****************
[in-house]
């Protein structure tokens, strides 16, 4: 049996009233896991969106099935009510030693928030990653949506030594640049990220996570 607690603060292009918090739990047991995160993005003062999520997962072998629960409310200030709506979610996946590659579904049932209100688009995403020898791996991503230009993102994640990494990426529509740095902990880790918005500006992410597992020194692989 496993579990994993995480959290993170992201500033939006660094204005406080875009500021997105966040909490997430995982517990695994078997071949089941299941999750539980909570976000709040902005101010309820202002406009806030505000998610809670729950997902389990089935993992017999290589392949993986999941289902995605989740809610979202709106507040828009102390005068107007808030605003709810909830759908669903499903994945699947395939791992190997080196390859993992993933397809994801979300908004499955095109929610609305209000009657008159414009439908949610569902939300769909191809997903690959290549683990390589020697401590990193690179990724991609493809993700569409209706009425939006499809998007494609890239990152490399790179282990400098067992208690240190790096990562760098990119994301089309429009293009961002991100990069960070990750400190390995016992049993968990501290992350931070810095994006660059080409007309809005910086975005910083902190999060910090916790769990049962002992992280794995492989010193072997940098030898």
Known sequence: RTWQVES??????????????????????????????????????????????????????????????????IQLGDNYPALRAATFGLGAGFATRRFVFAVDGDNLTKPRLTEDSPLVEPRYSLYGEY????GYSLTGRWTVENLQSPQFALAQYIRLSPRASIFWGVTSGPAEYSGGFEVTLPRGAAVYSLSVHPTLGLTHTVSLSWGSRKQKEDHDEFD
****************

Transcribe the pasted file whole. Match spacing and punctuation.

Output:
[in-house]
């Protein structure tokens, strides 16, 4: 049996009233896991969106099935009510030693928030990653949506030594640049990220996570 607690603060292009918090739990047991995160993005003062999520997962072998629960409310200030709506979610996946590659579904049932209100688009995403020898791996991503230009993102994640990494990426529509740095902990880790918005500006992410597992020194692989 496993579990994993995480959290993170992201500033939006660094204005406080875009500021997105966040909490997430995982517990695994078997071949089941299941999750539980909570976000709040902005101010309820202002406009806030505000998610809670729950997902389990089935993992017999290589392949993986999941289902995605989740809610979202709106507040828009102390005068107007808030605003709810909830759908669903499903994945699947395939791992190997080196390859993992993933397809994801979300908004499955095109929610609305209000009657008159414009439908949610569902939300769909191809997903690959290549683990390589020697401590990193690179990724991609493809993700569409209706009425939006499809998007494609890239990152490399790179282990400098067992208690240190790096990562760098990119994301089309429009293009961002991100990069960070990750400190390995016992049993968990501290992350931070810095994006660059080409007309809005910086975005910083902190999060910090916790769990049962002992992280794995492989010193072997940098030898």
Known sequence: RTWQVES??????????????????????????????????????????????????????????????????IQLGDNYPALRAATFGLGAGFATRRFVFAVDGDNLTKPRLTEDSPLVEPRYSLYGEY????GYSLTGRWTVENLQSPQFALAQYIRLSPRASIFWGVTSGPAEYSGGFEVTLPRGAAVYSLSVHPTLGLTHTVSLSWGSRKQKEDHDEFD